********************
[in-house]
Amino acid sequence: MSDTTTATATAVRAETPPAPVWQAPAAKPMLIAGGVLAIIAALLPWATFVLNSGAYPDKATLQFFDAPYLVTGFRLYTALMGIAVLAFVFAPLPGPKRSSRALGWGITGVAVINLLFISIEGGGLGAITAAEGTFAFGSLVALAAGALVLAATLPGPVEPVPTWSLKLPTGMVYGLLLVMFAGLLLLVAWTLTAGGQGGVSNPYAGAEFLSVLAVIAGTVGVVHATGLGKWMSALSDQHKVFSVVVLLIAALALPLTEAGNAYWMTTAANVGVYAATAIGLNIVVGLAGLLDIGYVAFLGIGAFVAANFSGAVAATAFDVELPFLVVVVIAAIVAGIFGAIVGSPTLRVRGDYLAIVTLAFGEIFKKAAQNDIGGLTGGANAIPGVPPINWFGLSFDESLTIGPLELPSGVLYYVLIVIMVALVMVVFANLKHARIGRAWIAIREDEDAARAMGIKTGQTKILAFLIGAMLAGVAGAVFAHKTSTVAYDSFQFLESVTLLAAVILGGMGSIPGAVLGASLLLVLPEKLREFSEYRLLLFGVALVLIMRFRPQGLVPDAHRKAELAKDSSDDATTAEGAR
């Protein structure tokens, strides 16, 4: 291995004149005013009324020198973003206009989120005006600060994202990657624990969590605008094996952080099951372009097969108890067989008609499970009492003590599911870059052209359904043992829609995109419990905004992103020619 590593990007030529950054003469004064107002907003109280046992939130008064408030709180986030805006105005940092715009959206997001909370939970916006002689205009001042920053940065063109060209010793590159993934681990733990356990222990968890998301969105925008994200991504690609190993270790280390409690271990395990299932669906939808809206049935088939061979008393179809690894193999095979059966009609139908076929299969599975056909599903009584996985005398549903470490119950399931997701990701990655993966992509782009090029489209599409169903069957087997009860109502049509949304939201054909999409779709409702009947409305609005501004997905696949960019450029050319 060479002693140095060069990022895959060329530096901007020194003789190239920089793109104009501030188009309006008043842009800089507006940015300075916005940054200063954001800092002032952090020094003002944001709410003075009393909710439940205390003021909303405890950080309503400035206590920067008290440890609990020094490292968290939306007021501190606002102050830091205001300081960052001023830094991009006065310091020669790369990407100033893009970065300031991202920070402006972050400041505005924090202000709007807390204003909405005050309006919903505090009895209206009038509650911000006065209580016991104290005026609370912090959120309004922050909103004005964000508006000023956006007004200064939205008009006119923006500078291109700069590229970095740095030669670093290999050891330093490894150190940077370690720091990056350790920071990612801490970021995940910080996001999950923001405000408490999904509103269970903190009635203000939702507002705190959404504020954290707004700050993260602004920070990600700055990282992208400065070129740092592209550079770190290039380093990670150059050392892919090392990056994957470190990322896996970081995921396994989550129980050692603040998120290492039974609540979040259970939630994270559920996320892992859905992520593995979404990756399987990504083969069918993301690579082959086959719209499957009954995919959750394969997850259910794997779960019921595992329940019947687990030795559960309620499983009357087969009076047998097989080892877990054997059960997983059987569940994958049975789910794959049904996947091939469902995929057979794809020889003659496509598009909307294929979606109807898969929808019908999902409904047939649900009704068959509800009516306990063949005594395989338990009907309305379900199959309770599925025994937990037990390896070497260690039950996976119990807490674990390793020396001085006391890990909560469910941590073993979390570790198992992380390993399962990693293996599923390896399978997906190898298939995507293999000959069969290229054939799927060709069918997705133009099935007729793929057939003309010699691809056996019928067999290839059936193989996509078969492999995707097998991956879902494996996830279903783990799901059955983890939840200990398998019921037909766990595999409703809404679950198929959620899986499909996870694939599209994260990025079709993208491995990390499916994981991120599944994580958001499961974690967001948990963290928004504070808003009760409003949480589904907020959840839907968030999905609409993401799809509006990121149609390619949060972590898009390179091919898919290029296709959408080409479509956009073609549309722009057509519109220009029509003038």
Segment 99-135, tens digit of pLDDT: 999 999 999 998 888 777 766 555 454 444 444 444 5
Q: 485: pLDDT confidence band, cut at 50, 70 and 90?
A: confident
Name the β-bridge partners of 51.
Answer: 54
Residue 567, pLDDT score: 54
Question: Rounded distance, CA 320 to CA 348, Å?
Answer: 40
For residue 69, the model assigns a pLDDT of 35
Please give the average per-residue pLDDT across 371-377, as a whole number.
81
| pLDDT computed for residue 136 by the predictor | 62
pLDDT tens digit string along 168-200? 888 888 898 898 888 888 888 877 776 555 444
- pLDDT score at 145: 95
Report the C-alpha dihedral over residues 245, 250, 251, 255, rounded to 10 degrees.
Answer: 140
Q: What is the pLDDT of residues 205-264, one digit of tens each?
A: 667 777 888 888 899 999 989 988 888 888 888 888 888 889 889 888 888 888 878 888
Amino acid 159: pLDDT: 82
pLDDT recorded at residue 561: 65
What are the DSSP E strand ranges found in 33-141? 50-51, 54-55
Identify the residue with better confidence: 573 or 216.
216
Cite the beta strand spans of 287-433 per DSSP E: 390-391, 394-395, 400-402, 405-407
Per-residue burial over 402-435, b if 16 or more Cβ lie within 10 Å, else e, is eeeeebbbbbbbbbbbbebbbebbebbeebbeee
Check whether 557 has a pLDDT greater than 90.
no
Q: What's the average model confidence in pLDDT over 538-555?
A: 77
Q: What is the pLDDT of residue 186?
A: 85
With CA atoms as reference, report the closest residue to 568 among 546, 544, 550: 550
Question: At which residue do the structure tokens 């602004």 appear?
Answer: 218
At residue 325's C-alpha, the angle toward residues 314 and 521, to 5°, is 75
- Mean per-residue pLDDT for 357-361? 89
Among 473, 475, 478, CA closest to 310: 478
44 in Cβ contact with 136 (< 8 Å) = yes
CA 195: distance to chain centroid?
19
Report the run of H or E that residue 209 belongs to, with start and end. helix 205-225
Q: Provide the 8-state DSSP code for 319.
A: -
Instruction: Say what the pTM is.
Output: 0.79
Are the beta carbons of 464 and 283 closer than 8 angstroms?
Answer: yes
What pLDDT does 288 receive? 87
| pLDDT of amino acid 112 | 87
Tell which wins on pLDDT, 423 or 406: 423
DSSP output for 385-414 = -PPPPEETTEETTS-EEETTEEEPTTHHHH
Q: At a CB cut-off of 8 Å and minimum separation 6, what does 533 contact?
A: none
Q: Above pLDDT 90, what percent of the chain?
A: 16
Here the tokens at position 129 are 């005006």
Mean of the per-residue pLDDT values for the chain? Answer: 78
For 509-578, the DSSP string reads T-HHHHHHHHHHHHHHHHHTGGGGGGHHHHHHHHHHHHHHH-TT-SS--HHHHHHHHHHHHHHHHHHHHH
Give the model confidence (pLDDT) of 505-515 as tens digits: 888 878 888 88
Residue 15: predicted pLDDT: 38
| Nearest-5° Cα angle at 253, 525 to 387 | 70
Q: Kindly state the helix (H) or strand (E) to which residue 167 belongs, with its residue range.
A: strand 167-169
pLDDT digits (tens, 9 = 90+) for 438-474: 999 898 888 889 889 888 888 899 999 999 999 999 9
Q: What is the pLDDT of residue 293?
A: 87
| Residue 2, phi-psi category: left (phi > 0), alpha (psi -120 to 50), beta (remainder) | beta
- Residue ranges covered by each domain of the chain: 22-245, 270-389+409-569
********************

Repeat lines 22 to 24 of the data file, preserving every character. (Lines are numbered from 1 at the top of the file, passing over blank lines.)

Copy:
Amino acid 159: pLDDT: 82
pLDDT recorded at residue 561: 65
What are the DSSP E strand ranges found in 33-141? 50-51, 54-55